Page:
The circle of people at the tea table in the last few paragraphs of Chapter Four provides a good example of Wharton's symbolism. The literal circle formed by the women at the tea table figuratively represents the social circle Lily is so eager to join. She does not sit with the ladies (although she believes she could), thinking instead about her impending marriage to Gryce, which she believes is inevitable. She believes that after marrying Gryce, she will secure income and social status, her two most desired commodities. Ironically, she delays joining the circle of tea drinkers, thinking she will have many other chances to do so. When her hopes are shattered at the end of Chapter Eight with the announcement of Gryce's engagement to Evie Van Osburgh, Wharton suggests that the New York social world is so exclusive and demanding that one can never be assured a place in its circle.

Indeed, one of the themes in the novel is that the social situation of an unmarried woman in New York at this time is very fragile and variable. In the course of three days at the Bellomont, Lily goes from a fear of her social and economical insecurity to an arrogance that comes with the false assumption that she can marry Gryce. This changes entirely the way she views her prospects: "Life was not the mockery she had thought it three days ago"; it is almost absurd that someone's outlook on life could change so drastically and suddenly, and so we must question the merit of Lily's emphasis on the importance of fitting in. We see that Lily's perception of herself is based on her social status, which is why she is so committed to becoming accepted even if it means marrying someone she does not love. The narrator even suggests that Lily "was inwardly as malleable as wax." The premise is that as long as Lily remains unmarried, her social position will fluctuate wildly, depending on her current financial status.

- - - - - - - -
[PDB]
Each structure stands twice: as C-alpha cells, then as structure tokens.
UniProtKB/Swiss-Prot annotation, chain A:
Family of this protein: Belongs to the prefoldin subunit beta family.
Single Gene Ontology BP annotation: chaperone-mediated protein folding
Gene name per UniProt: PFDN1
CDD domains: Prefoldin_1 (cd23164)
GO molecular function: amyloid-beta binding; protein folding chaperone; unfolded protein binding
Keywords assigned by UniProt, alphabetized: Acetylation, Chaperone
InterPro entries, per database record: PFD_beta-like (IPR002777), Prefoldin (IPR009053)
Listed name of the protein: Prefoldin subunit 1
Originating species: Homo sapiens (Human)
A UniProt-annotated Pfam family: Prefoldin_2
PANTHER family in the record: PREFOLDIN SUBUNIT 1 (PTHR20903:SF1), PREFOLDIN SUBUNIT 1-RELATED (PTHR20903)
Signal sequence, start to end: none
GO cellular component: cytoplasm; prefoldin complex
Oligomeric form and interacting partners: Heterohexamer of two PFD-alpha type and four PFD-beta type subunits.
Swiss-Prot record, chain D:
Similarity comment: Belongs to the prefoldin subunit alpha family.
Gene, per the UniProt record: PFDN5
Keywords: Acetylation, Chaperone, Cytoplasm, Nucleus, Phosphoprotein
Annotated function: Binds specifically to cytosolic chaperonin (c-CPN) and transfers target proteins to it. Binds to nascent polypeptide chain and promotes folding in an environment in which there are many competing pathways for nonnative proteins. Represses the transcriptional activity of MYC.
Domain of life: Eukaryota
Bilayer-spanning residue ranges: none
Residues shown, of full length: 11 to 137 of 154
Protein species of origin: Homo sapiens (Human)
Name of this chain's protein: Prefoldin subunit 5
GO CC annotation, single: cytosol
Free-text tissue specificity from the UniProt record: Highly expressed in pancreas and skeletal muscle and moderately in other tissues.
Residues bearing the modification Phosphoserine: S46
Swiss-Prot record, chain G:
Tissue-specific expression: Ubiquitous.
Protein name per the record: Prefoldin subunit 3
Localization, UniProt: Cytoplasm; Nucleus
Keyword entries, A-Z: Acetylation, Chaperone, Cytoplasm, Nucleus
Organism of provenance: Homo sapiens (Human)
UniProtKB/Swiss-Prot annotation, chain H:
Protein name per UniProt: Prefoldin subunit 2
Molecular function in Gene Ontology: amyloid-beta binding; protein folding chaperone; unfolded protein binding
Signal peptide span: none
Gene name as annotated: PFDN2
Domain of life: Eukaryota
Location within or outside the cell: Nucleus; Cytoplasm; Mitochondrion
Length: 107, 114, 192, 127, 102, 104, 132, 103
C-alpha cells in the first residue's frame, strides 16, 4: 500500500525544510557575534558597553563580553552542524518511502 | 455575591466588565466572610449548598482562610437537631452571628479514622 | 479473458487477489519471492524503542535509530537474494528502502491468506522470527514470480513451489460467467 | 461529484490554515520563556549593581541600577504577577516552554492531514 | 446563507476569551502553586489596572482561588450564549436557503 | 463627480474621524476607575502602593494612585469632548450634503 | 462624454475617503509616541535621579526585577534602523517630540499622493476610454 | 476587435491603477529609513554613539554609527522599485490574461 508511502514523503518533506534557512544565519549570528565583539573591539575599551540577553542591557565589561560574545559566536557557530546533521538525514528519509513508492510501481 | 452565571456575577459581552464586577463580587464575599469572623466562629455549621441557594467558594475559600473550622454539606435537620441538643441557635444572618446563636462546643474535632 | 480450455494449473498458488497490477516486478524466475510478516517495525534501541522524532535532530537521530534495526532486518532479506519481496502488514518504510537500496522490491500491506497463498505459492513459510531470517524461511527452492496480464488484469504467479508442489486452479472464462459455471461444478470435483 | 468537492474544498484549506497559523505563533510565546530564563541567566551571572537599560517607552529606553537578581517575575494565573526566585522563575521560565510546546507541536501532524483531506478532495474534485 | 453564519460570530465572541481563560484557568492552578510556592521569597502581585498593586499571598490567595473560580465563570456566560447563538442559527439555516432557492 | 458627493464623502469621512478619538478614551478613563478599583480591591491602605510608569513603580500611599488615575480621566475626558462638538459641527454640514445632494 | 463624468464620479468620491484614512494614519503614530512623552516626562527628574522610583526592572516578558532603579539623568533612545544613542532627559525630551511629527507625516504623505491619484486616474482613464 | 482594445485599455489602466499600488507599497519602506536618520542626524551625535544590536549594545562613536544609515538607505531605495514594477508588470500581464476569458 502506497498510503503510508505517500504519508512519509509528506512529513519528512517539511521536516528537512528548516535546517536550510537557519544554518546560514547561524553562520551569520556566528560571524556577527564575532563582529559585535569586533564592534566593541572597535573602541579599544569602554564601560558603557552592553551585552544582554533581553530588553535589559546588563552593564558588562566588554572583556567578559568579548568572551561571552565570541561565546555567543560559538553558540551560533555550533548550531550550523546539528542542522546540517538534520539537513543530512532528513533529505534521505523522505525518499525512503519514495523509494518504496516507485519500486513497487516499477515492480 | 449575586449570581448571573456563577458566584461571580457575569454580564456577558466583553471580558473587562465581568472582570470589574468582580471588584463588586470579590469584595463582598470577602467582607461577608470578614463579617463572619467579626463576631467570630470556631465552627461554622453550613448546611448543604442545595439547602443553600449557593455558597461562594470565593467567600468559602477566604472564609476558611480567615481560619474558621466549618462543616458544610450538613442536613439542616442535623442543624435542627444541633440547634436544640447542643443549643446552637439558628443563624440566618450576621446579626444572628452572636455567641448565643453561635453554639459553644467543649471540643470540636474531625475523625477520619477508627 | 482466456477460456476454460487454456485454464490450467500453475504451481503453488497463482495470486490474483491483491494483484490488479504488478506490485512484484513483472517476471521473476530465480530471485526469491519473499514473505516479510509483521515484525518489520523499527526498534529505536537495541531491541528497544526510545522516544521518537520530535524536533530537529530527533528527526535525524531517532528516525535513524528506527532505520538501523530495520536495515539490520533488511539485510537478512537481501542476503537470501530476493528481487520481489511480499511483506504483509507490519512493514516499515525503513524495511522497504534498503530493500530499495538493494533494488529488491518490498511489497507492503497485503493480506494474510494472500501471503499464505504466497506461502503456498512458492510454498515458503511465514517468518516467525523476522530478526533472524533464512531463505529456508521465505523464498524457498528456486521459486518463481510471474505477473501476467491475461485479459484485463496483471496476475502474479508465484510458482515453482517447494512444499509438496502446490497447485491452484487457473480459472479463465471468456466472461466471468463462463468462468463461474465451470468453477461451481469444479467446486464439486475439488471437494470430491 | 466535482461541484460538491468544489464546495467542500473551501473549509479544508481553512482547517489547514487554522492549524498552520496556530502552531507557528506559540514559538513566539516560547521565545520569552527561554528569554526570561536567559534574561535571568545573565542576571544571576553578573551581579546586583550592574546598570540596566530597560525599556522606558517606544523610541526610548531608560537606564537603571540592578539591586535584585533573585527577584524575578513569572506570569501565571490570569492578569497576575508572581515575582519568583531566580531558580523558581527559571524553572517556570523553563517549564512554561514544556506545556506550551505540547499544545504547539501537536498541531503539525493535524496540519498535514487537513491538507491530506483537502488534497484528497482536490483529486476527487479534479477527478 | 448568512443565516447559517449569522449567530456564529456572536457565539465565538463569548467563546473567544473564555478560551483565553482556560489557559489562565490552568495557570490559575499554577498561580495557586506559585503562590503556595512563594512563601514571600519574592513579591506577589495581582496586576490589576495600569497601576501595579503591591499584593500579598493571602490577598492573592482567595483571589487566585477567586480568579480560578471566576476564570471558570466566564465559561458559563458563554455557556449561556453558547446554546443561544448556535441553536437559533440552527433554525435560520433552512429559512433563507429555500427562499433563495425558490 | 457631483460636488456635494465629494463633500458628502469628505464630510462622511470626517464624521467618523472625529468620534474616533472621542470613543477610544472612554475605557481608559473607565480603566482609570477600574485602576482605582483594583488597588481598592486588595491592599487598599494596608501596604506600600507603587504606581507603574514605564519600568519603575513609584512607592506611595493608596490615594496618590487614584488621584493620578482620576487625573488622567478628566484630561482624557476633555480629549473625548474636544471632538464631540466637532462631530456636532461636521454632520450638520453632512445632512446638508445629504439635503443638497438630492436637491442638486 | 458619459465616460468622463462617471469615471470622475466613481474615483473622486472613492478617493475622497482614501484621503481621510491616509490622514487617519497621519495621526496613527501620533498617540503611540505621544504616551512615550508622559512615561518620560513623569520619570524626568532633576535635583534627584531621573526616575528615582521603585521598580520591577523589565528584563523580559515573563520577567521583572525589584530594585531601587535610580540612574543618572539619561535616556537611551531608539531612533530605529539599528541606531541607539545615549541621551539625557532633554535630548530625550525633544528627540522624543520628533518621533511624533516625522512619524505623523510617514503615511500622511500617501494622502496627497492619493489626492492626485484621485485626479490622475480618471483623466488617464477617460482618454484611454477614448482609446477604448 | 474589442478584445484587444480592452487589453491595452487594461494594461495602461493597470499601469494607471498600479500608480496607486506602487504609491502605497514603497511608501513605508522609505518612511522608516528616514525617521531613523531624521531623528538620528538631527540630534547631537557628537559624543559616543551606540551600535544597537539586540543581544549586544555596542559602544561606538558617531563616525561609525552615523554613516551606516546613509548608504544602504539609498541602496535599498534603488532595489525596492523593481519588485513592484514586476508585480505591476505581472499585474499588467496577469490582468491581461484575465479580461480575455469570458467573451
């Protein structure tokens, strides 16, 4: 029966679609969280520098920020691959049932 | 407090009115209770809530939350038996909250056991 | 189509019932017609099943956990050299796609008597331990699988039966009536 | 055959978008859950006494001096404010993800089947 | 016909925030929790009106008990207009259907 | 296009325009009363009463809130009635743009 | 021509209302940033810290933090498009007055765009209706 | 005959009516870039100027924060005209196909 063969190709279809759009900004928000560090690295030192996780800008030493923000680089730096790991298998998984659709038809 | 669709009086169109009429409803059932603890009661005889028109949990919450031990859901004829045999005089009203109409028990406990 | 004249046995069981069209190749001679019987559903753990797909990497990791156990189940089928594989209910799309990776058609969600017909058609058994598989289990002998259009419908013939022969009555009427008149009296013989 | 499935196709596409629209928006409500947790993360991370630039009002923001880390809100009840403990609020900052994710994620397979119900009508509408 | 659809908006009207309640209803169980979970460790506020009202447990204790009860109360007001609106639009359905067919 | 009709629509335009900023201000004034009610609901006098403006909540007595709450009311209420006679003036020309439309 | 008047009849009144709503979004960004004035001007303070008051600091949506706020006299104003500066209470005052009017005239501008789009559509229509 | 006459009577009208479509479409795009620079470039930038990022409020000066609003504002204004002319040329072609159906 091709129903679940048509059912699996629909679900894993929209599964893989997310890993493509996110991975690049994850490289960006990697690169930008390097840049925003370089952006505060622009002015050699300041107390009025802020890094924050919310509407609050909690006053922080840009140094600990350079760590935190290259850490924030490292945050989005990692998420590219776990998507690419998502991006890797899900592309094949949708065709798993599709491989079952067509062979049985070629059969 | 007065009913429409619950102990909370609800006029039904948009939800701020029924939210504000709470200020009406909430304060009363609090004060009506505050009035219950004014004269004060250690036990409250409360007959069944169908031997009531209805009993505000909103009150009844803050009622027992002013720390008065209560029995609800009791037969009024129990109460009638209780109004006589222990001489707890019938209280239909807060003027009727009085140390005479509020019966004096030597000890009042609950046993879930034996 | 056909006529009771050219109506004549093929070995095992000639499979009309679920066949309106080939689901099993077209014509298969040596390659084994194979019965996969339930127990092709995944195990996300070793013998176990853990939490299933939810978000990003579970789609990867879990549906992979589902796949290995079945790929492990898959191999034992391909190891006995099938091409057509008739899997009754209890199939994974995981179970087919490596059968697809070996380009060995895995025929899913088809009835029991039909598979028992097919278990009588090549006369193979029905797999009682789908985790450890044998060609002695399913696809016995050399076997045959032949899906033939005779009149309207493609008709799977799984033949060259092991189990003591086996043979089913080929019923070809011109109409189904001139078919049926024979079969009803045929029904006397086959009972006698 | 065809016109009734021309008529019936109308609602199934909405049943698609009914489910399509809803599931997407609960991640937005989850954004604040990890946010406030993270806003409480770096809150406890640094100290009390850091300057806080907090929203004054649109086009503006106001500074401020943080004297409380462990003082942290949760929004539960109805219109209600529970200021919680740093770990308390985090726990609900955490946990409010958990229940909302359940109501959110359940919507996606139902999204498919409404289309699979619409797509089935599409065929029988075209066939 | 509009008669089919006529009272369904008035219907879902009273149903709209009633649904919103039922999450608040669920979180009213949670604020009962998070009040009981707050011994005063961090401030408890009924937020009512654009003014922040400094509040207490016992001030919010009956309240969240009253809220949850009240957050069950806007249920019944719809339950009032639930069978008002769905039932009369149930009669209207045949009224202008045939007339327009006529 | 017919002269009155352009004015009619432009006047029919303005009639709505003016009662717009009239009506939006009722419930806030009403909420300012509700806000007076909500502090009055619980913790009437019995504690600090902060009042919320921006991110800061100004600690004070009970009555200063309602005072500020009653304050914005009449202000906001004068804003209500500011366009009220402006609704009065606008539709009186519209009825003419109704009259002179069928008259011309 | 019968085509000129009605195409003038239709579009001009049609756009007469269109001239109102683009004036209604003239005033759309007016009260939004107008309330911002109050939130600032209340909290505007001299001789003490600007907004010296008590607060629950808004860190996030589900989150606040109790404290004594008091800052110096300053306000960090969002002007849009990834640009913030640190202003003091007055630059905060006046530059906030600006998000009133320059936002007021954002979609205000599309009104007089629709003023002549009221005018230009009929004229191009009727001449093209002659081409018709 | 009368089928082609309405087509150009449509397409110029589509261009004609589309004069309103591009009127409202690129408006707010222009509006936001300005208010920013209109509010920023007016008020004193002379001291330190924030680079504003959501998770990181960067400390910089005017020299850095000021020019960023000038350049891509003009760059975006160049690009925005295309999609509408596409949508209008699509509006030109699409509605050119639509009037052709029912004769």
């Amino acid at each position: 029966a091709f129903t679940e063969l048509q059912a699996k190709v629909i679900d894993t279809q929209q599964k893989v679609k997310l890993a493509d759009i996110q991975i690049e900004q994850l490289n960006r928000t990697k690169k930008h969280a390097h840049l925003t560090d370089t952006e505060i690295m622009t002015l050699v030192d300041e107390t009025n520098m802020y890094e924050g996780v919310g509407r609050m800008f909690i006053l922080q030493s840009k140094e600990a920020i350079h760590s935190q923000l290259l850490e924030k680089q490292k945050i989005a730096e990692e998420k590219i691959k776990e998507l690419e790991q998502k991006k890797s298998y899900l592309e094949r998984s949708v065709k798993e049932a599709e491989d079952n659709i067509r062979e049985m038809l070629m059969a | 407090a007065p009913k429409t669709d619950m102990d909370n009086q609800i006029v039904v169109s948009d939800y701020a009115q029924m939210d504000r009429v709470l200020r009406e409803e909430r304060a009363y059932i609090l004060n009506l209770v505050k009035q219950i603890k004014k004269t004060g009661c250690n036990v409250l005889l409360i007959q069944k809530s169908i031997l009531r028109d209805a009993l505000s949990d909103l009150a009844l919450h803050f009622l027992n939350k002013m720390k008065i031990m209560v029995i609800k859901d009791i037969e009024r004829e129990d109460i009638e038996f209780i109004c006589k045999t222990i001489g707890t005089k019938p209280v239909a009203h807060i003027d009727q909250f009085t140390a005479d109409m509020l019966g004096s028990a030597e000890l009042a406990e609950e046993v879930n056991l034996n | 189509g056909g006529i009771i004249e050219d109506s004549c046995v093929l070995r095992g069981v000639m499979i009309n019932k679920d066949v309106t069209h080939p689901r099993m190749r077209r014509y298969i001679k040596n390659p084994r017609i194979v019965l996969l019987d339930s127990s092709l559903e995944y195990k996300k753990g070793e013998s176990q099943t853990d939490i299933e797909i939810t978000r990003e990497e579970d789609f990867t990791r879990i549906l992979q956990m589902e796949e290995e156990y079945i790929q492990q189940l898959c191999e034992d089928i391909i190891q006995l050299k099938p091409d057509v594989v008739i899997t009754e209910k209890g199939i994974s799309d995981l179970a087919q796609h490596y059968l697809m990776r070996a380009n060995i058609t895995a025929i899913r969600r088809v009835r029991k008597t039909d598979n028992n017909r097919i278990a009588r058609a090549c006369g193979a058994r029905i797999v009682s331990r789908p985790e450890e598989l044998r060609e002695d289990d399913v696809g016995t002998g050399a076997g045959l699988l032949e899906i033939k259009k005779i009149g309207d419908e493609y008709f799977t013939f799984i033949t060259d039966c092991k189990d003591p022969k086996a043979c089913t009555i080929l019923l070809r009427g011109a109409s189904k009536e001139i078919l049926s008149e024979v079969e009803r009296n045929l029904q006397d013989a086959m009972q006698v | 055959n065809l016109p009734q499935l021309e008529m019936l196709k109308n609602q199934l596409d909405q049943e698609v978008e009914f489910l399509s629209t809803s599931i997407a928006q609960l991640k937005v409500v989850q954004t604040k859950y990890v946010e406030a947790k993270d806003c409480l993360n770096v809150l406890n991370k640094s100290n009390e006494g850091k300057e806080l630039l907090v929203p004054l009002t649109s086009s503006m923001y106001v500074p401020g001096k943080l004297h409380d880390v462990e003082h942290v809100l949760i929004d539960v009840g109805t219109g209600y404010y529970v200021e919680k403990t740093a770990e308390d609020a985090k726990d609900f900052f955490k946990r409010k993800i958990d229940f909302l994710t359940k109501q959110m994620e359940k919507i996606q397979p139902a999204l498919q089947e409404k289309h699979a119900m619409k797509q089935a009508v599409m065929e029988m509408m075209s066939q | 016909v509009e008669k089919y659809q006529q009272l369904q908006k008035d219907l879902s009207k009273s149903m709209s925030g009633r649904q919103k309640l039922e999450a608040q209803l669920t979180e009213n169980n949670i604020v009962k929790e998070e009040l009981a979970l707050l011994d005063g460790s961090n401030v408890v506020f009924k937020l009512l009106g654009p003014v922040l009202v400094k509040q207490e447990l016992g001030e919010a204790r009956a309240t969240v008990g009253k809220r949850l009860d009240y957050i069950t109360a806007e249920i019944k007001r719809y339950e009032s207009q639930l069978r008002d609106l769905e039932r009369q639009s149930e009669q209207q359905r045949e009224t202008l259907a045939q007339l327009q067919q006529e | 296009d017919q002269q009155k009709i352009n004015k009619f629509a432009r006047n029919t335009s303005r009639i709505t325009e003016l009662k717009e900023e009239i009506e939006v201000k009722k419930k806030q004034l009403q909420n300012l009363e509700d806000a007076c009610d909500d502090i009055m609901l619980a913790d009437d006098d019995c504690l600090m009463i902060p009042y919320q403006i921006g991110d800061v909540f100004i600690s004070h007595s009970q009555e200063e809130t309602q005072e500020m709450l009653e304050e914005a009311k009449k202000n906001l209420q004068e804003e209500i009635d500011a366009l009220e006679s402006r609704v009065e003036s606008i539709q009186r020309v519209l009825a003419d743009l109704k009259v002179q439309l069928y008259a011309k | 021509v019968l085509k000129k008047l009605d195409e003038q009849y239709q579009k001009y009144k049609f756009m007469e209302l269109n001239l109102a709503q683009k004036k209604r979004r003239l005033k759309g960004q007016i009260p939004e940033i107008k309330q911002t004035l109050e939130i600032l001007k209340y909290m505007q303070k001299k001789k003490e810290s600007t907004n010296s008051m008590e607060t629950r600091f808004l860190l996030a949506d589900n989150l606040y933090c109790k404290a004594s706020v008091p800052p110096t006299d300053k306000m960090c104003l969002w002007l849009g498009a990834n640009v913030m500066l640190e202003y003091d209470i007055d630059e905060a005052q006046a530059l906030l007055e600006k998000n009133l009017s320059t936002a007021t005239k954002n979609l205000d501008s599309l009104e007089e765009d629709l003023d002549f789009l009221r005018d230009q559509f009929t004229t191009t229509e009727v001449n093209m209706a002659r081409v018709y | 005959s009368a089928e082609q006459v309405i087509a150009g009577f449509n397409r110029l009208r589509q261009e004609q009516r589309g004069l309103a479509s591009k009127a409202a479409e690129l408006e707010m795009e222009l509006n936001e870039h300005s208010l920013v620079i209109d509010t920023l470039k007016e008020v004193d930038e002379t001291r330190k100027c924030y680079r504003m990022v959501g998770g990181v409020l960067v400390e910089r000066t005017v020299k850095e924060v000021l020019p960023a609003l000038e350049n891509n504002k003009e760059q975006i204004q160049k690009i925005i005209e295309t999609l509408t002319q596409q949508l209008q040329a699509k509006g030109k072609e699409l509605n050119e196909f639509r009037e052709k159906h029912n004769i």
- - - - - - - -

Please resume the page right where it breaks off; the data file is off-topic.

Overall, this section emphasizes Lily's indecisive nature. At dinner, Lily's comparison between Gryce and Selden reveals that she really loves Selden more than Gryce. She also sees the Selden is detached from the elite social world; he is described as an "outside observer" looking on. We begin to understand that Lily cannot and will not marry Selden, even though he is the better man, because he does not have enough money or connections. The great irony of the novel is that Selden is the only man whom Lily really loves and respects. At the end of Chapter Six, Lily and Selden come very close to confessing to one another their feelings, which are clear by this point. When they hear a car engine—a symbol of the society they have left—Lily is pulled away from confessing her true feelings because she is so determined to be an established member of society.

One should notice in this section Wharton's use of nature to convey the emotions felt by her characters. In Chapters Five and Six, the weather is described as "perfect," and Lily is even able to sense an appropriate connection between the nice weather and the pleasant walk she is to have with Selden. Wharton makes use of this throughout the novel; it will come up again in several scenes to give the reader a clue to the nature of the events which will follow. For instance, at the end of the novel, as Lily sets out to find Selden, the gray sky and pouring rain reflects her downtrodden, hopeless mood. The next day, the beautiful sunshine and warm air reflect Selden's joy as he sets out to propose to Lily.